requires special skills or more objectivity than the line can normally be expected to
possess. Such specialized areas are- Accounting, Personnel, Public Relations,
Research and Development etc
General Staff-This category of staff serves as advisers to top management in
specialized areas. Eg . In the figure above, secretary is the personal staff of the chief
executive and the finance manager is specialized staff to advise the chief executive
and managers on financial matters.
Completed staff workStaff men are supposed to go into depth of the problem. The head of the staff division
should be concerned more with approving or rejecting the proposal prepared by his staff. It
has rightly been said “ completed staff work is the study of a problem and presentation of a
solution by a staff officer in such a form that all remains to be done on the part of the head
of the staff division is to indicate his approval or disapproval of the completed action .”
LINE AND STAFF ORGANIZATIONThe line-and-staff organization combines the line organization with staff departments that
support and advise line departments. Most medium and large-sized firms exhibit line-andstaff organizational structures. The distinguishing characteristic between simple line
organizations and line-and-staff organizations is the multiple layers of management within
A wide variety of positions exist within a line-and-staff organization. Some positions are
primary to the company's mission, whereas others are secondary to the form of support and
indirect contribution. Although positions within a line-and-staff organization can be
differentiated in several ways, the simplest approach classifies them as being either line or
A line position is directly involved in the day-to-day operations of the organization, such as
producing or selling a product or service. Line positions are occupied by line personnel and
line managers. Line personnel carry out the primary activities of a business and are
considered essential to the basic functioning of the organization.
Line managers make the majority of the decisions and direct line personnel to achieve
company goals. An example of a line manager is a marketing executive.Althougha marketing
executive does not actually produce the product or service, he or she directly contributes to
the firm's overall objectives through market forecasting and generating product or service
demand. Therefore, line positions, whether they are personnel or managers, engage in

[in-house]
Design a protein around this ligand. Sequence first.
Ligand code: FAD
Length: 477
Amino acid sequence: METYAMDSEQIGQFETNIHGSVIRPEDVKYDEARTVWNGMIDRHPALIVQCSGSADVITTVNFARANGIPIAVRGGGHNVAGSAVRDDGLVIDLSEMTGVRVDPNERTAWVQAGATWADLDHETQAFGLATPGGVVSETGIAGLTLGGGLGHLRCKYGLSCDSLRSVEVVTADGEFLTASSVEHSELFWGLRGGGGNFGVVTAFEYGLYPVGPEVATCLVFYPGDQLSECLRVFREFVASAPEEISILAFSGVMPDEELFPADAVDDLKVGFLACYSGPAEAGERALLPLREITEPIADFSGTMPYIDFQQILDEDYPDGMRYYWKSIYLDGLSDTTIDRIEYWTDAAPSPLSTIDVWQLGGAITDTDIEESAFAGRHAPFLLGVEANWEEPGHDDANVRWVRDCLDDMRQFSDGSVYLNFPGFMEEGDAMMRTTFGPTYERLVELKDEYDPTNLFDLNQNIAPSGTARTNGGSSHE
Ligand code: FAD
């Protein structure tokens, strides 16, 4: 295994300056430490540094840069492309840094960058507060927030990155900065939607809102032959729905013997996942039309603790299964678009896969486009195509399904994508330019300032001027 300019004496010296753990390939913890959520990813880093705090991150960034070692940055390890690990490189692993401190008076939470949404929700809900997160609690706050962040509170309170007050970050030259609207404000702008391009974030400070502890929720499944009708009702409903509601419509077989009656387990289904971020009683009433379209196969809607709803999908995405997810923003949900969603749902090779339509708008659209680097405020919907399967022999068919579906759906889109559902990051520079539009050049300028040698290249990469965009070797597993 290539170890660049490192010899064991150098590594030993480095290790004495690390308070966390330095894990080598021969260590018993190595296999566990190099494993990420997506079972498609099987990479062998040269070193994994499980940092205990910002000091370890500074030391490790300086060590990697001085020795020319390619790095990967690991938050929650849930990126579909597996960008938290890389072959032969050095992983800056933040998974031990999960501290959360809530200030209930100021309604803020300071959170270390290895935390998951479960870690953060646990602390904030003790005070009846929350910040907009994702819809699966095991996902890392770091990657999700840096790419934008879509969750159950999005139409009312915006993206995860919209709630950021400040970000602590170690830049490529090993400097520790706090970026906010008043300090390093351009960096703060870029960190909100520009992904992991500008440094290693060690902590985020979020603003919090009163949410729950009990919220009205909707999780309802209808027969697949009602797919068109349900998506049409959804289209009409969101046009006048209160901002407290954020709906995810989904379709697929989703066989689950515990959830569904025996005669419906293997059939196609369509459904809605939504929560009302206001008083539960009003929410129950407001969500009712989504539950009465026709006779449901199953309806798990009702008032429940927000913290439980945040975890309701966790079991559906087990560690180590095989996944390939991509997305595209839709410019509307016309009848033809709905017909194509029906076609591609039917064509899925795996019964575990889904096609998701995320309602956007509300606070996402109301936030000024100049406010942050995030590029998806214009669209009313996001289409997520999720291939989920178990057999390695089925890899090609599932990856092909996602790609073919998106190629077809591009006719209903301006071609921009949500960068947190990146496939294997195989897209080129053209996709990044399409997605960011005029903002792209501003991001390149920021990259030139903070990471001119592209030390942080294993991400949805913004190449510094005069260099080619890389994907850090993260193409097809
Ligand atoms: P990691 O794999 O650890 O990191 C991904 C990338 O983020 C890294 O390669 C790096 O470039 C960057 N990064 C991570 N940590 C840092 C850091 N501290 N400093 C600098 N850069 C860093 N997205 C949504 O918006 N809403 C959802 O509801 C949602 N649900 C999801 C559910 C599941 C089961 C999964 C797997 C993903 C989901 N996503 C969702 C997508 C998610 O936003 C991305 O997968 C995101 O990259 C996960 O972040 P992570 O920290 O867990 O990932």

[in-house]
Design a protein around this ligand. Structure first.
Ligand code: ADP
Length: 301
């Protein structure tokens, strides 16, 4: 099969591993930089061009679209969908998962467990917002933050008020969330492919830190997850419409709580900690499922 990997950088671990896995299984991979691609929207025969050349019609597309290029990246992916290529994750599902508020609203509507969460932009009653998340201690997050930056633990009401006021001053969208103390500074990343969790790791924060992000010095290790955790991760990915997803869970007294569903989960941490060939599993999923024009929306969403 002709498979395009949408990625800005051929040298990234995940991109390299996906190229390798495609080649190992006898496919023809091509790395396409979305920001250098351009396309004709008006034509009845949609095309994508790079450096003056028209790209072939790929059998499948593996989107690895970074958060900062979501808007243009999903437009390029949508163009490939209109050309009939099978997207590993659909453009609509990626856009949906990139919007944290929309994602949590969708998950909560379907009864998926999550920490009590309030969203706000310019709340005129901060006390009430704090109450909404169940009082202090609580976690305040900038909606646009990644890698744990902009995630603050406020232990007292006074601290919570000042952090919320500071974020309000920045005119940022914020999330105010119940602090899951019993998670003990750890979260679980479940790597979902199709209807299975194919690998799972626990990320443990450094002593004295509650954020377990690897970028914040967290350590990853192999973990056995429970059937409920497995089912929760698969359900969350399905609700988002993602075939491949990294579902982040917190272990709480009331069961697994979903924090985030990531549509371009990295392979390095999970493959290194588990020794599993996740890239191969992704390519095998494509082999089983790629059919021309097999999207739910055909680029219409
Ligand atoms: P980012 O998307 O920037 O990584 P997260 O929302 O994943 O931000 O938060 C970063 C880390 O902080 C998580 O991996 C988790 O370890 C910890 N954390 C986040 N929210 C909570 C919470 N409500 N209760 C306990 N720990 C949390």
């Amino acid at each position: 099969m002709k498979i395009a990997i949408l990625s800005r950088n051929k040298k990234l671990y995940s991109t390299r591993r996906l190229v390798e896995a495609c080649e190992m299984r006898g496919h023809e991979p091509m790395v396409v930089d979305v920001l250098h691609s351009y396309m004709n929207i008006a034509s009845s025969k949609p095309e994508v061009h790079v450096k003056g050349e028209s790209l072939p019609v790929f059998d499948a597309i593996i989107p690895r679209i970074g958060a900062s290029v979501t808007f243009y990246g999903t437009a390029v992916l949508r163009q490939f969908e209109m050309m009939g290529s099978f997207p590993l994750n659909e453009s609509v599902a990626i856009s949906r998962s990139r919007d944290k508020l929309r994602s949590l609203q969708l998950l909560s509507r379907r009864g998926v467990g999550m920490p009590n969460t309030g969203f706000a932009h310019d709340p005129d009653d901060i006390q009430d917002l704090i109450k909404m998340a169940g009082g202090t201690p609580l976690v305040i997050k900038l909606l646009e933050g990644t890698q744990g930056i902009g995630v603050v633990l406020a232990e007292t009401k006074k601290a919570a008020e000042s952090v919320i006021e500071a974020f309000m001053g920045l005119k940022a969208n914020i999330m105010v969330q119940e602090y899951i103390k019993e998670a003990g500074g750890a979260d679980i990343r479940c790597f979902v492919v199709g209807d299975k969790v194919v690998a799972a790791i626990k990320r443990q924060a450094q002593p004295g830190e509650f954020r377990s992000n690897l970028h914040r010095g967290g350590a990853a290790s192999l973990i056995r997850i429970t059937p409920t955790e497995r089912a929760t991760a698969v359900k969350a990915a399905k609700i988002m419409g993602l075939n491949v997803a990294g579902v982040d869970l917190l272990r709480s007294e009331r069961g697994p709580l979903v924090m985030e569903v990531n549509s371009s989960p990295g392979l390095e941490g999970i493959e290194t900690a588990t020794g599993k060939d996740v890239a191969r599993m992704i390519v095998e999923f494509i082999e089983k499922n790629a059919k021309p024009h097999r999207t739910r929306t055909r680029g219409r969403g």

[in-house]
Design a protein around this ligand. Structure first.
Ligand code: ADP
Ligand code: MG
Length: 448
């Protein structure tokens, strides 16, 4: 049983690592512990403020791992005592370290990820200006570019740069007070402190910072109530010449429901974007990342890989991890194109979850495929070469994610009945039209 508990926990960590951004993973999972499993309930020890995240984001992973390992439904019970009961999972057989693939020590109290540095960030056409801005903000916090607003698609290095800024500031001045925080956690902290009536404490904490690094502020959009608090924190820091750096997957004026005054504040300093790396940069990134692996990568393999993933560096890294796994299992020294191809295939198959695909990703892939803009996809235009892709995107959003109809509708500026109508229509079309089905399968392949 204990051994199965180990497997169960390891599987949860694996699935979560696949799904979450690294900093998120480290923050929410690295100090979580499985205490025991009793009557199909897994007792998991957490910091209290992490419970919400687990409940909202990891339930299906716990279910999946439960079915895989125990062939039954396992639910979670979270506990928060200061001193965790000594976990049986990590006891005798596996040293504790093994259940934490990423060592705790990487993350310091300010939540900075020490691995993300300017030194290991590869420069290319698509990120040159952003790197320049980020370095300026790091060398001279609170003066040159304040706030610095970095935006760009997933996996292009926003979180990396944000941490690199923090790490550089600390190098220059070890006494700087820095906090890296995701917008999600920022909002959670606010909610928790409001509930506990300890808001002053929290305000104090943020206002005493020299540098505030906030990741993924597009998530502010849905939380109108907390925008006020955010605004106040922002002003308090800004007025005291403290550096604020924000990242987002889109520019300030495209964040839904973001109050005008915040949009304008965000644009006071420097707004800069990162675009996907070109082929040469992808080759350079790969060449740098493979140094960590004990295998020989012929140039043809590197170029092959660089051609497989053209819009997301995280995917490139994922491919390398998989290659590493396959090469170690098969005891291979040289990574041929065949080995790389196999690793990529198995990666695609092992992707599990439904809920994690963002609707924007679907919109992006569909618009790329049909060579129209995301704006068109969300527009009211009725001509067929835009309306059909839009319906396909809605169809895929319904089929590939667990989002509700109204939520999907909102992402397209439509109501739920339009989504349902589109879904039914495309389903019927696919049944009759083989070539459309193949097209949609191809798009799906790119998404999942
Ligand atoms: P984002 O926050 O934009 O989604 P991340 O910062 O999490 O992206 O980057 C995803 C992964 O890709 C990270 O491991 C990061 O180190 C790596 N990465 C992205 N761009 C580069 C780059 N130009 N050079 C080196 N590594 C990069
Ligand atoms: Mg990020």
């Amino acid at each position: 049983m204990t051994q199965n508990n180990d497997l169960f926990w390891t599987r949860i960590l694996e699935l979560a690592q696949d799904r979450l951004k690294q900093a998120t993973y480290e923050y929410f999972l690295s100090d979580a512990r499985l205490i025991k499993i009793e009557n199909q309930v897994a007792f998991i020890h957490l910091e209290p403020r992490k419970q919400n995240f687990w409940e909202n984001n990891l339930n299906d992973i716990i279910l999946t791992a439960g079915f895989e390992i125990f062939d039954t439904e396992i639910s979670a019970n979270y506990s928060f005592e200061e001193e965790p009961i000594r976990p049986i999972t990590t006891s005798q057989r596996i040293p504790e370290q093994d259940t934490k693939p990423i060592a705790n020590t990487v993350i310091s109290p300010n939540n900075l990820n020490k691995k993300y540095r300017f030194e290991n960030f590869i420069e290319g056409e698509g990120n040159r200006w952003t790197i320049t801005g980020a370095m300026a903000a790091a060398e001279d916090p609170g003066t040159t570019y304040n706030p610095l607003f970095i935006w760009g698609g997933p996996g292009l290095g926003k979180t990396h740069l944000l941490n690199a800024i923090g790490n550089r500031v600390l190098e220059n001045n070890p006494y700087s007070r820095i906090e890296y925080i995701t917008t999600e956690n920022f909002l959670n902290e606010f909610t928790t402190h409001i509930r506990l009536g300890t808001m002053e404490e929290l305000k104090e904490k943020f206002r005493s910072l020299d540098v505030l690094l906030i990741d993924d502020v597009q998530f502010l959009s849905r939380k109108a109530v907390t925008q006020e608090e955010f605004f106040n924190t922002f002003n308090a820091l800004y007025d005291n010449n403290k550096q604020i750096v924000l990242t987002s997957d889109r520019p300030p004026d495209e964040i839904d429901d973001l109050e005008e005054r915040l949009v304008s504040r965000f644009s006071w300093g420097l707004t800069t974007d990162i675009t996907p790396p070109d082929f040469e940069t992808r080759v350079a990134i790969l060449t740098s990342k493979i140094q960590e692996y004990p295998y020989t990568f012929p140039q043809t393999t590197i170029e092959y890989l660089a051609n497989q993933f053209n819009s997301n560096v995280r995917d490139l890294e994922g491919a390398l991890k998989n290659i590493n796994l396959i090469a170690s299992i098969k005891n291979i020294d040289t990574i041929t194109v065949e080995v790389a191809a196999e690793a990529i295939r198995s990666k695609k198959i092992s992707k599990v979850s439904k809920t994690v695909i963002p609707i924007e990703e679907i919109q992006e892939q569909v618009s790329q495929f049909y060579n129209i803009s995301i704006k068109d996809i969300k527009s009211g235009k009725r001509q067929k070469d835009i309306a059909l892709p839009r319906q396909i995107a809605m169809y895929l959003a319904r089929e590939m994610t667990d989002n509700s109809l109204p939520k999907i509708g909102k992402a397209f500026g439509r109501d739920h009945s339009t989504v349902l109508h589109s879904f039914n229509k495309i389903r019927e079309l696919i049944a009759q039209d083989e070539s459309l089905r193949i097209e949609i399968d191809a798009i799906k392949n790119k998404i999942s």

activities that are functionally and directly related to the principal workflow of an
Staff positions serve the organization by indirectly supporting line functions. Staff positions
consist of staff personnel and staff managers. Staff personnel use their technical expertise
to assist line personnel and aid top management in various business activities. Staff
managers provide support, advice, and knowledge to other individuals in the chain of
Although staff managers are not part of the chain of command related to direct production
of products or services, they do have authority over personnel. An example of a staff
manager is a legal adviser. He or she does not actively engage in profit-making activities, but
does provide legal support to those who do. Therefore, staff positions, whether personnel
or managers, engage in activities that are supportive to line personnel.
Chief Characteristics Of Line and Staff organization. It clearly distinguishes between the two aspects of administration viz. planning and
The staff is a supplement to the line.
The staff provides counsel, advice and guidance and does not enjoy command
prerogative. Also, it provides facts and information to the authorities. The staff
works through influence as they have no right to command.
Staff managers have line authority within their own fields.
Line and Staff ConflictDue to different positions and types of authority within a line-and-staff organization, conflict
between line and staff personnel is almost inevitable. Although minimal conflict due to differences in
viewpoints is natural, conflict on the part of line and staff personnel can disrupt an entire
organization. There are many reasons for conflict. Poor human relations, overlapping authority and
responsibility, and misuse of staff personnel by top management are all primary reasons for feelings
of resentment between line and staff personnel. This resentment can result in various departments
viewing the organization from a narrow stance instead of looking at the organization as a whole.
Arguments of Line Executives against Staff Managers / Officers
1. Dilution of authority: Line executives argue that the introduction of staff managers
dilutes their authority and also leads to interference in their work. They feel that
their jobs become less important.
2. Stealing show: Line managers feel that the staff executives tend to steal show for
the work that turns out to be successful. On the other hand, when things go wrong,
they alone have to face the blame and criticism.
3. Lacks practical knowledge: Line executives argue that staff executives are not
familiar with the situation where actual work is carried out. The services offered by
the staff executives are rather theoretical and not practical.
4. Lacks human skills: Line executives argue that staff managers with human relations
skills are rarely available. Staff presents matters mechanically.
5. Domination of staff managers: Line executives argue that staff managers always feel
that they are superior as regards education and skills. They dominate line executives.
This is treated as unwanted interference.